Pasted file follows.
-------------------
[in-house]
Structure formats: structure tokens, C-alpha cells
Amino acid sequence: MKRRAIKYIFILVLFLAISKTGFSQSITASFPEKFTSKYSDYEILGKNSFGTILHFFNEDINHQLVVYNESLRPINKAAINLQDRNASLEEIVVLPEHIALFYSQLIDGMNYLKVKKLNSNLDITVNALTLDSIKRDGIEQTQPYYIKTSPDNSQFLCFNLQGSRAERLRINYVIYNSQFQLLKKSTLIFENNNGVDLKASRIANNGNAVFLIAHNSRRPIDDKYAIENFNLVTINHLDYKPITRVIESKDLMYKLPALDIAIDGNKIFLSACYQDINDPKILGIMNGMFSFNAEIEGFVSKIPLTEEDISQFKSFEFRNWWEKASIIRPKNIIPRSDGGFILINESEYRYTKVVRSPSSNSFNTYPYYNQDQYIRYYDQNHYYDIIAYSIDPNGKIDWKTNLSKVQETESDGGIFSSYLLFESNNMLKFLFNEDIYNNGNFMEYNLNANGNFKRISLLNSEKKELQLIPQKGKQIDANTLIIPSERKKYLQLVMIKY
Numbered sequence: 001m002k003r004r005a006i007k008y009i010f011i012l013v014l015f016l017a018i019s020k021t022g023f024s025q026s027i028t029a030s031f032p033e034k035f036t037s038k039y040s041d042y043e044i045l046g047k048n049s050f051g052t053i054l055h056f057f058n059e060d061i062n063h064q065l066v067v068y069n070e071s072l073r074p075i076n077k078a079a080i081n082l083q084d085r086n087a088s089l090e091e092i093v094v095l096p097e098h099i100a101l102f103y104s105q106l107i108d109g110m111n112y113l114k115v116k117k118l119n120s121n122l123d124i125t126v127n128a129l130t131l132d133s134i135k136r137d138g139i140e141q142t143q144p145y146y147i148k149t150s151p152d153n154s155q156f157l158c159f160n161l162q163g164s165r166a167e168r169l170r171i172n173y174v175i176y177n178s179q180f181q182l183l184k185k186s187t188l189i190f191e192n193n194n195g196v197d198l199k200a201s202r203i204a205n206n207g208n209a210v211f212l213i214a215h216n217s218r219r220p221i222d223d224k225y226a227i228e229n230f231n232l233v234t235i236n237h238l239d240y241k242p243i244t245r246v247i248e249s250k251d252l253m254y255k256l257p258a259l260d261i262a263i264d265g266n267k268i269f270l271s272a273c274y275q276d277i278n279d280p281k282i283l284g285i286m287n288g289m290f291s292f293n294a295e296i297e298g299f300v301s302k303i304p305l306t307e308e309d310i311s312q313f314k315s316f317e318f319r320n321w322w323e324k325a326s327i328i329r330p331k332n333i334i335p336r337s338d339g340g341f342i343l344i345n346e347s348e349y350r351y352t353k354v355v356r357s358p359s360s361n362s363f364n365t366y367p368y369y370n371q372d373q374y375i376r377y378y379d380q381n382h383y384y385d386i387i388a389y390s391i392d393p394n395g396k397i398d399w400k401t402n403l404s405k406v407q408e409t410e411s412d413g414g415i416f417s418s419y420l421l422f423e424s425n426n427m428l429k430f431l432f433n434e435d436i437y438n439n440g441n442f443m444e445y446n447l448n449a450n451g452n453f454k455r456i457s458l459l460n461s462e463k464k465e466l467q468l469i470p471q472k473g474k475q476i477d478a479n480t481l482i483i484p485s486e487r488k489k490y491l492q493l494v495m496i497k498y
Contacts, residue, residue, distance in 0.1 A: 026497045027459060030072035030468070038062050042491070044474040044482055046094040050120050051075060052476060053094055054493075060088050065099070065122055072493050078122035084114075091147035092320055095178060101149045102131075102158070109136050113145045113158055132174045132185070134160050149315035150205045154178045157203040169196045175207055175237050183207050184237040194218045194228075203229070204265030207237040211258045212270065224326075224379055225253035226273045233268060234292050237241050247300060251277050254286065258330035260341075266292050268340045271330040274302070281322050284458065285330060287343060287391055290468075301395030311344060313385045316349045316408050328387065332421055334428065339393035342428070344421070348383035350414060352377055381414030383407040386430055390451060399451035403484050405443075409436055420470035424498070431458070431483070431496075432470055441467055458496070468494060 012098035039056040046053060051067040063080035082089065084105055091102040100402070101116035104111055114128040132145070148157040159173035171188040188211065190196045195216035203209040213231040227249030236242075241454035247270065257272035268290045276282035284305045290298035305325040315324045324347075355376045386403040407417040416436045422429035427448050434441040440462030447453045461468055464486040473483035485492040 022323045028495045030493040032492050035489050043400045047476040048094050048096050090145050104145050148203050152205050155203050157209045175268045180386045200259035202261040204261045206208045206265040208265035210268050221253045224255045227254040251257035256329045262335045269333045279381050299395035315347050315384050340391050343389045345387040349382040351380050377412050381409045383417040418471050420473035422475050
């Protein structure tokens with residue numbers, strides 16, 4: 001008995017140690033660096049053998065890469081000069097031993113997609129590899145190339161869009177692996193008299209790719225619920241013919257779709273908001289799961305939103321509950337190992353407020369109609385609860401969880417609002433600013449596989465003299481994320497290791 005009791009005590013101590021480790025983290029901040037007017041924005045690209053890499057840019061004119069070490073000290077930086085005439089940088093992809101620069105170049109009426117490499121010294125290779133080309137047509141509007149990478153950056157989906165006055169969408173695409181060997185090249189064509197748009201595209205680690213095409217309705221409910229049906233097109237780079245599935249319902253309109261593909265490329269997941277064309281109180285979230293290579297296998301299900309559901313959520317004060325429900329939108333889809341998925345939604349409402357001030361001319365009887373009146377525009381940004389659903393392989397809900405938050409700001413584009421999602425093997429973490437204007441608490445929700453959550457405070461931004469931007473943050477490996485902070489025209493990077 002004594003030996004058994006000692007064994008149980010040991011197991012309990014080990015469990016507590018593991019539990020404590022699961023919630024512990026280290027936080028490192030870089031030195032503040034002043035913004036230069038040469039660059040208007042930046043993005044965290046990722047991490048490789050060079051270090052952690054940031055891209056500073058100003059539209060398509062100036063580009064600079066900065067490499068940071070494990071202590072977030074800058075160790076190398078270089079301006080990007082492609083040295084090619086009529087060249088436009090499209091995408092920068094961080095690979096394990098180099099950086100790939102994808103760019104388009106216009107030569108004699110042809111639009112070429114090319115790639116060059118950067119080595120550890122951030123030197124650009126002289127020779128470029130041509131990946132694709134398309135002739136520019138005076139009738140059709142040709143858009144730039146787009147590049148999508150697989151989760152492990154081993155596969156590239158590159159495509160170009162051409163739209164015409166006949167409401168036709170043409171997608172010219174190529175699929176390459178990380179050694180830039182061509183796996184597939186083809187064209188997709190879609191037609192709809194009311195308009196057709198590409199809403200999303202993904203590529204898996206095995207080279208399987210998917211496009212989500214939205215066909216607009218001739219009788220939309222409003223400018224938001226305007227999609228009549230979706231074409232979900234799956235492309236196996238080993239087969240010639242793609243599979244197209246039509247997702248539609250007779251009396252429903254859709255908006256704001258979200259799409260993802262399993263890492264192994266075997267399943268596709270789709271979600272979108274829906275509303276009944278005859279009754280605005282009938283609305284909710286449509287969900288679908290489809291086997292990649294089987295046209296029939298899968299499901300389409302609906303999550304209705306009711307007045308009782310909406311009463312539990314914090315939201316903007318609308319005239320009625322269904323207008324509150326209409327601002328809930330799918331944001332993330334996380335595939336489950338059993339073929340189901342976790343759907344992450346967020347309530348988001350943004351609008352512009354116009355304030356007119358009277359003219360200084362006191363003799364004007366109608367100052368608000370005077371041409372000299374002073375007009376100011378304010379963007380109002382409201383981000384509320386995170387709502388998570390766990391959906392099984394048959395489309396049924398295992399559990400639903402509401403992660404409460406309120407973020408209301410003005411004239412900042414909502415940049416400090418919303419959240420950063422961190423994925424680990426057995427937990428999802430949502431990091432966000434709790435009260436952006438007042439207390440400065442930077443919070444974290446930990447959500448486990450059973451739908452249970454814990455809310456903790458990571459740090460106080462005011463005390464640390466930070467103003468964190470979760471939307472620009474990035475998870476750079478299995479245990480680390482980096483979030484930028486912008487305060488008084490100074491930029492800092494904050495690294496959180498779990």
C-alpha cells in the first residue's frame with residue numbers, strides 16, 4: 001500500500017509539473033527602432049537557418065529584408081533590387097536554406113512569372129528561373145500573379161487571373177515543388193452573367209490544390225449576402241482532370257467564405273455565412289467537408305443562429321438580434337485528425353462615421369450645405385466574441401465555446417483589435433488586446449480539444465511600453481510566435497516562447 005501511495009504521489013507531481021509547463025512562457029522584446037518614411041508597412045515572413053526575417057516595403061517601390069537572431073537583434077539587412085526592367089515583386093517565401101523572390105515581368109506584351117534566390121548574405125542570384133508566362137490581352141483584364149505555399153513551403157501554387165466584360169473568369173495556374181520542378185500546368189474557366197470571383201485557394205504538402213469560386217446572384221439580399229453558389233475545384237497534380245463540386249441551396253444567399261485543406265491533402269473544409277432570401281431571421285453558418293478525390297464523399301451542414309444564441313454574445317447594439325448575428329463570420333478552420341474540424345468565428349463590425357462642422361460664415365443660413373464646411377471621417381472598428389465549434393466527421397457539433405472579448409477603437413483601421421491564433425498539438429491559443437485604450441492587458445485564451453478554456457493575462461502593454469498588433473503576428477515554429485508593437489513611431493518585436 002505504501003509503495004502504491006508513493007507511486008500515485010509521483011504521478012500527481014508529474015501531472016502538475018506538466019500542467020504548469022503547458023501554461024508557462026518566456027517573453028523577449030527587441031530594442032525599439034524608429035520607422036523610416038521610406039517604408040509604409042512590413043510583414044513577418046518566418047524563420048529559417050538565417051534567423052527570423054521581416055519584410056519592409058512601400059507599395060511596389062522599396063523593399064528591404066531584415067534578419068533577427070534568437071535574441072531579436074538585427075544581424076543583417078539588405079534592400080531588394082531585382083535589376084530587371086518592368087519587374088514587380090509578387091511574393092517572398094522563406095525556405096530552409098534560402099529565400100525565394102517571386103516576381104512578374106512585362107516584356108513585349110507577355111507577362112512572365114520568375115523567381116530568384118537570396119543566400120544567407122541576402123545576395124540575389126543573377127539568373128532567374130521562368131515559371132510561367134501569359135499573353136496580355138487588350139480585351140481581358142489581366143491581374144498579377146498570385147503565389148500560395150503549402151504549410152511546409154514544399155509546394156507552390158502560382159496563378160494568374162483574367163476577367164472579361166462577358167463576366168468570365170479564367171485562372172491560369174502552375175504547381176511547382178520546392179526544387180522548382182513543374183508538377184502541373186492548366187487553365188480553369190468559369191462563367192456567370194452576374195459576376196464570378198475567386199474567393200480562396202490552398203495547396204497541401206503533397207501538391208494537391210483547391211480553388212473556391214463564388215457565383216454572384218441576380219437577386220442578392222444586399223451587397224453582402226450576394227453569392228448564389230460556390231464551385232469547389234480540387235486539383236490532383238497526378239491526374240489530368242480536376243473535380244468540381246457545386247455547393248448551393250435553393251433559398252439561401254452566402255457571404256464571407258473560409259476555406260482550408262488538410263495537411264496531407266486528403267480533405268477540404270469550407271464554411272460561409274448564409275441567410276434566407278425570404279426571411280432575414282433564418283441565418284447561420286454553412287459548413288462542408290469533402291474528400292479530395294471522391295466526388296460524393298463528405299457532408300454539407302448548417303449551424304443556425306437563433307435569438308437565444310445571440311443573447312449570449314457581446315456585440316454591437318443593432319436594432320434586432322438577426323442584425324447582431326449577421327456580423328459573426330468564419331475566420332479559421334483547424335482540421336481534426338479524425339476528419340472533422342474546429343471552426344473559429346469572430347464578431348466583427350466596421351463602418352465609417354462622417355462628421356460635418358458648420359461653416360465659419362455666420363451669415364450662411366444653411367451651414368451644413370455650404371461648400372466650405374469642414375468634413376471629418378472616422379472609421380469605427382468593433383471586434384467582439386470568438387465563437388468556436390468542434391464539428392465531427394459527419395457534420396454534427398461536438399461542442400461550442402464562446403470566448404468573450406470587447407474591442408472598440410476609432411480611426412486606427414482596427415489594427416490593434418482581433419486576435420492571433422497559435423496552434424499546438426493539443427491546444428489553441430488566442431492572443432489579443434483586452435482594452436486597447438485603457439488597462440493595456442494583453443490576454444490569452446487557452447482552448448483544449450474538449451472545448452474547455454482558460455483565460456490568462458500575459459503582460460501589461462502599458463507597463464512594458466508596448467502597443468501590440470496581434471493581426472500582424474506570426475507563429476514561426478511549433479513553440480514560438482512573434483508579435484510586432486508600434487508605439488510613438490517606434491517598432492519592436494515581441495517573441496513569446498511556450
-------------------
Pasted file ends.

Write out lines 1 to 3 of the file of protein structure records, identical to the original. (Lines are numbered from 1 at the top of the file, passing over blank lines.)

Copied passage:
[in-house]
Structure formats: structure tokens, C-alpha cells
Amino acid sequence: MKRRAIKYIFILVLFLAISKTGFSQSITASFPEKFTSKYSDYEILGKNSFGTILHFFNEDINHQLVVYNESLRPINKAAINLQDRNASLEEIVVLPEHIALFYSQLIDGMNYLKVKKLNSNLDITVNALTLDSIKRDGIEQTQPYYIKTSPDNSQFLCFNLQGSRAERLRINYVIYNSQFQLLKKSTLIFENNNGVDLKASRIANNGNAVFLIAHNSRRPIDDKYAIENFNLVTINHLDYKPITRVIESKDLMYKLPALDIAIDGNKIFLSACYQDINDPKILGIMNGMFSFNAEIEGFVSKIPLTEEDISQFKSFEFRNWWEKASIIRPKNIIPRSDGGFILINESEYRYTKVVRSPSSNSFNTYPYYNQDQYIRYYDQNHYYDIIAYSIDPNGKIDWKTNLSKVQETESDGGIFSSYLLFESNNMLKFLFNEDIYNNGNFMEYNLNANGNFKRISLLNSEKKELQLIPQKGKQIDANTLIIPSERKKYLQLVMIKY